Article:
Measuring corticosterone concentrations in feathers (FCC) has been increasingly used as an integrated index of bird’s response to stressors, offering valuable insights into subsequent carry-over effects. However, it is still unclear to what extent corticosterone levels deposited in feathers during the moulting period relate to individual physiology in high-energetic demanding situations. In addition, the stability and repeatability of FCC over the same feather generation and across successive generations are still unresolved questions. In this study, we assessed FCC in 24 captive Northern Bald Ibis, Geronticus eremita. We sampled body feathers on three occasions during two consecutive years (2015–2016) to explore within-individual stability of FCC in feathers grown during the same generation and test whether FCC was repeatable or varied between two consecutive generations. Then, we explored whether FCC (a) was associated with individual health status, (b) correlated with previous reproductive success and (c) was related to future reproductive success. Results showed high stability of FCC among feathers of the same generation, while FCC differed between successive generations. We also observed that FCC, age and health status were negatively associated with subsequent reproductive success the following season, while no association was found with previous reproductive success. Overall, our study supports the use of feathers as a stable measure of corticosterone over the same feather replacement generation and emphasizes the usefulness of FCC as a biomarker of subsequent reproductive success.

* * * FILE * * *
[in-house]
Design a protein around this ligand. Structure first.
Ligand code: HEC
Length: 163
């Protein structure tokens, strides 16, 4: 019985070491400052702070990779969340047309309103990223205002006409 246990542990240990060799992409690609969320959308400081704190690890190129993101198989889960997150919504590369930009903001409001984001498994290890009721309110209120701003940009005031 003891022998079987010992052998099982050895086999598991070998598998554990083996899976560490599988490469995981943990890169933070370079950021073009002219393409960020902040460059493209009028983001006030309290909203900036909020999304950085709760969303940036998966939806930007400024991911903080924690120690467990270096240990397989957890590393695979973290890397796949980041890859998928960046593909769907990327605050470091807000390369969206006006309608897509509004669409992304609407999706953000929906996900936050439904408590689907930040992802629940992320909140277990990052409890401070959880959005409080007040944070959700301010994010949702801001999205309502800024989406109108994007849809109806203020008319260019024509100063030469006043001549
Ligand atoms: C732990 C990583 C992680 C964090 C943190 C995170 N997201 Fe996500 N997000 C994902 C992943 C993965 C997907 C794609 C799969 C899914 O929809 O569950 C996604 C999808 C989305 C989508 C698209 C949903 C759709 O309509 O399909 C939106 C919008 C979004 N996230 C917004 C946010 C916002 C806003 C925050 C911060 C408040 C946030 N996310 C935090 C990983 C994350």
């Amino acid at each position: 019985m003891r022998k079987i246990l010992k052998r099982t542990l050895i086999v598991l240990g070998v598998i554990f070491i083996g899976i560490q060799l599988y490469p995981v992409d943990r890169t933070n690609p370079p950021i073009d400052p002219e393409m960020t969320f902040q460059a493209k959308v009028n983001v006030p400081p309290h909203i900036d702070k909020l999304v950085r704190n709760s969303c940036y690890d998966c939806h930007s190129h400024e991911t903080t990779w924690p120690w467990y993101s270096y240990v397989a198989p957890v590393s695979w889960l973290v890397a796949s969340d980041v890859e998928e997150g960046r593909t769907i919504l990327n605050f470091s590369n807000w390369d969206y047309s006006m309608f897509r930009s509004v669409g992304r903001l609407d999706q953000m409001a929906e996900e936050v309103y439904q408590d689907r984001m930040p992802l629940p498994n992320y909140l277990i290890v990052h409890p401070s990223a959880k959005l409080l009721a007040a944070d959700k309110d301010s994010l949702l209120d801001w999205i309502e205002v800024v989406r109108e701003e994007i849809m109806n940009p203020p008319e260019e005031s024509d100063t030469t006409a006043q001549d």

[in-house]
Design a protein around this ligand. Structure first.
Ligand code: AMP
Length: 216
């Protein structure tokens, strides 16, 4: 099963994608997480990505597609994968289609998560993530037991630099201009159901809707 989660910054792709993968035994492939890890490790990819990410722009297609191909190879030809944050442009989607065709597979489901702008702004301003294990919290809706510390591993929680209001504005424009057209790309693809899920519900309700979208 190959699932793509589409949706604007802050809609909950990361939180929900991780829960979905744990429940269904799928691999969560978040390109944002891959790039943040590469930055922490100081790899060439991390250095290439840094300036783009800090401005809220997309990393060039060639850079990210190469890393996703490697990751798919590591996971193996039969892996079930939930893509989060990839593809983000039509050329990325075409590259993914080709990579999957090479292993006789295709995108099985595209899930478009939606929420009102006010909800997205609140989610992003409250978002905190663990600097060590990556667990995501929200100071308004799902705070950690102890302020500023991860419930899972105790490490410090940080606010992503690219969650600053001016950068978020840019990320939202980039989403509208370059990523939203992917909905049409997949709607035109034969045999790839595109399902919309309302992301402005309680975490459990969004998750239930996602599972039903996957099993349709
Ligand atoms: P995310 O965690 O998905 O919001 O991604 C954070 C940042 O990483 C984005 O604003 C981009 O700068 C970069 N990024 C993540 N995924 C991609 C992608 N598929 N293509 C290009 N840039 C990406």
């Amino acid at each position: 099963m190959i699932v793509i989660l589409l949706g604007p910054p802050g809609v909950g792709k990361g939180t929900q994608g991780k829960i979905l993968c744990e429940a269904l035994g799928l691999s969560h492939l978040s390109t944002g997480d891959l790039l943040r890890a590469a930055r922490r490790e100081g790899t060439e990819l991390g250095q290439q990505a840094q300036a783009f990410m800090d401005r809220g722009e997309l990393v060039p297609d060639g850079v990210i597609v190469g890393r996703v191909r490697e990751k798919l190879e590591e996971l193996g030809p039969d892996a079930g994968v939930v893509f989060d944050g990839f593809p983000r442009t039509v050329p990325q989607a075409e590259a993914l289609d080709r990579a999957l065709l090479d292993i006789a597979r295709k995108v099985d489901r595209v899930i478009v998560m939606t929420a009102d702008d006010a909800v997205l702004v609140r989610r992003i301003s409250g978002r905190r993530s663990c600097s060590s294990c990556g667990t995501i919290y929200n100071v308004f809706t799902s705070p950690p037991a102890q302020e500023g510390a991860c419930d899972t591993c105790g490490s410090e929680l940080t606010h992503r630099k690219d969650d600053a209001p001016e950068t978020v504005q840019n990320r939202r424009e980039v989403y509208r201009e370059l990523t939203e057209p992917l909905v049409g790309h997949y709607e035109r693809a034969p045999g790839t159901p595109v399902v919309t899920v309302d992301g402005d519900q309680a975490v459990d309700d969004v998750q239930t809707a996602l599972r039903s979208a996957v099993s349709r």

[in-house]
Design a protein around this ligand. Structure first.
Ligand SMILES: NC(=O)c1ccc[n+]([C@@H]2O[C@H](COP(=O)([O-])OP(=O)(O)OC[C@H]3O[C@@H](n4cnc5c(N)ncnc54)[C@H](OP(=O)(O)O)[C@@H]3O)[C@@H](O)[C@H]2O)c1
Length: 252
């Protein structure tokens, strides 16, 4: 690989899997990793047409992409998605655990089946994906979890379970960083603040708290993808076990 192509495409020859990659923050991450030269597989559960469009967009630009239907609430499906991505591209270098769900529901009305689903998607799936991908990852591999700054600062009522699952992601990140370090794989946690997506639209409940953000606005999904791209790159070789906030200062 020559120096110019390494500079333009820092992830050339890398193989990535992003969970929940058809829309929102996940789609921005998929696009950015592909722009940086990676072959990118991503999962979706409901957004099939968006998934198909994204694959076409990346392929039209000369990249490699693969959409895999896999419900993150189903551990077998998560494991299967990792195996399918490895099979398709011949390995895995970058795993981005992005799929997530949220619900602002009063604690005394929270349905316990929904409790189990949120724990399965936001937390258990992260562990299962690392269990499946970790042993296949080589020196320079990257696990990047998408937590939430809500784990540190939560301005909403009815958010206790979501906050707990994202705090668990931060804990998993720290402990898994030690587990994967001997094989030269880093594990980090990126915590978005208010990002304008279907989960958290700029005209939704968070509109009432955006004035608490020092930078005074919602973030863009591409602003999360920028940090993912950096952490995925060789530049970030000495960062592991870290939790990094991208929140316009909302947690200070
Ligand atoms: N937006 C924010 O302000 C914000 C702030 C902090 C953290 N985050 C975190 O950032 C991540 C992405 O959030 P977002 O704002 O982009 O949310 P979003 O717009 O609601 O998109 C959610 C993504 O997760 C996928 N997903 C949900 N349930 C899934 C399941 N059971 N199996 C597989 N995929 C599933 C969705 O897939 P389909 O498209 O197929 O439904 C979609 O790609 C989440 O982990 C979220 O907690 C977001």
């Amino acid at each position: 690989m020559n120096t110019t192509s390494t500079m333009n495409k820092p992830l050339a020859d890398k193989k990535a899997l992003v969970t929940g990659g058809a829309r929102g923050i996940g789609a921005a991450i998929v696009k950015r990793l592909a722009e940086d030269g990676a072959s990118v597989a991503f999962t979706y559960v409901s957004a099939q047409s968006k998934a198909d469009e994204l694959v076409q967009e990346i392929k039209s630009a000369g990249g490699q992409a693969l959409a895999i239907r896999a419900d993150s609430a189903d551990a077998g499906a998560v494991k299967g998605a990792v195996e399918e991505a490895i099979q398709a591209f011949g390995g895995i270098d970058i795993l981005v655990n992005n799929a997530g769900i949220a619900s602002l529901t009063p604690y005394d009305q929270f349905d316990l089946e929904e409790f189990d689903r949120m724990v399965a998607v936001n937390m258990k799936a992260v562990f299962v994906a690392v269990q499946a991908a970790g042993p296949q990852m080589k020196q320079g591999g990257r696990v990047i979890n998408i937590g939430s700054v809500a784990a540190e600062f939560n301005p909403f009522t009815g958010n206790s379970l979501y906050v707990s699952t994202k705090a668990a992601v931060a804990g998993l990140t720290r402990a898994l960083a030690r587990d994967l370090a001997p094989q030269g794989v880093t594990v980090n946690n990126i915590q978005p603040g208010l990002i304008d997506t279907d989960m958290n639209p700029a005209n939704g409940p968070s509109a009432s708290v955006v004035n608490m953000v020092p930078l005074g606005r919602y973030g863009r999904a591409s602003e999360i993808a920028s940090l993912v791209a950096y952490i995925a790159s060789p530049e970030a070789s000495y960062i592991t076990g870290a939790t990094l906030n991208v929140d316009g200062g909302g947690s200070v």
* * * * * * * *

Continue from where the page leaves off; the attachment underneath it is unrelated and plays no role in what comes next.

- Chronic stress